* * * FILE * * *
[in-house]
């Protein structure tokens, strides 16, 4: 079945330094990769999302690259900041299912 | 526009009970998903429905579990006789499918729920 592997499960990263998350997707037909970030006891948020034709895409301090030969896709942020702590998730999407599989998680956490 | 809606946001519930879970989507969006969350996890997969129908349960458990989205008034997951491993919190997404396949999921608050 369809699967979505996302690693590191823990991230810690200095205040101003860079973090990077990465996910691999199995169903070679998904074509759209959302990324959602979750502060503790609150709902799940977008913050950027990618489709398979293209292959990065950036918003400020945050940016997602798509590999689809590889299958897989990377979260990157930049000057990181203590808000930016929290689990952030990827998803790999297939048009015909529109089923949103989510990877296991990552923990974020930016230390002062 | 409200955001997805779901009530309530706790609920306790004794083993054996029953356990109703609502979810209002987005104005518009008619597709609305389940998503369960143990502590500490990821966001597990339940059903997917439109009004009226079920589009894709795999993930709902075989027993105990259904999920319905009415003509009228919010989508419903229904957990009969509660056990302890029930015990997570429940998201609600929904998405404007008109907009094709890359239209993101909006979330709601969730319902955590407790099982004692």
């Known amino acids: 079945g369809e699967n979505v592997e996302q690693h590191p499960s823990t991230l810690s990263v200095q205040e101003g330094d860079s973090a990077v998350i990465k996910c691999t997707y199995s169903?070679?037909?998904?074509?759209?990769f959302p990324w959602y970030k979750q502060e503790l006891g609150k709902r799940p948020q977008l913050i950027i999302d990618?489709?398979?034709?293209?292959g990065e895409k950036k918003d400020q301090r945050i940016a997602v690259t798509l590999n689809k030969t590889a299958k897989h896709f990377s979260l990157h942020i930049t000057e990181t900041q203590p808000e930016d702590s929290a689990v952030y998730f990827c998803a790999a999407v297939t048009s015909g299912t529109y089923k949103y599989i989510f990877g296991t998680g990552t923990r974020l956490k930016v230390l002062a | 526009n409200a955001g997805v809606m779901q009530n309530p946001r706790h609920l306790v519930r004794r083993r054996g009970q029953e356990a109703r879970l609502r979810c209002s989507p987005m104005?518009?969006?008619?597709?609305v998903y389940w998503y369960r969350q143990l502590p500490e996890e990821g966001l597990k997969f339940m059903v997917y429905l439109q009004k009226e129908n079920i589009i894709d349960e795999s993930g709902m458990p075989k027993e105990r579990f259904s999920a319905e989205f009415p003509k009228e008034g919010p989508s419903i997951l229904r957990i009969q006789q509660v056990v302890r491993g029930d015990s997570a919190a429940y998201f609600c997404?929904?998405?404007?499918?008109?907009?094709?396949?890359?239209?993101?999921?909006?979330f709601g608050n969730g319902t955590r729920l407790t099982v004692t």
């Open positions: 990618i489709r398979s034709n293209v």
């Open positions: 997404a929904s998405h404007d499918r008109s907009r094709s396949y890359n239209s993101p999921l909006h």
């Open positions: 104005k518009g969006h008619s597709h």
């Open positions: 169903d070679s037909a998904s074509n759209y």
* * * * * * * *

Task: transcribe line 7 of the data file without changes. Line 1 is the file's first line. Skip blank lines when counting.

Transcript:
């Open positions: 169903d070679s037909a998904s074509n759209y």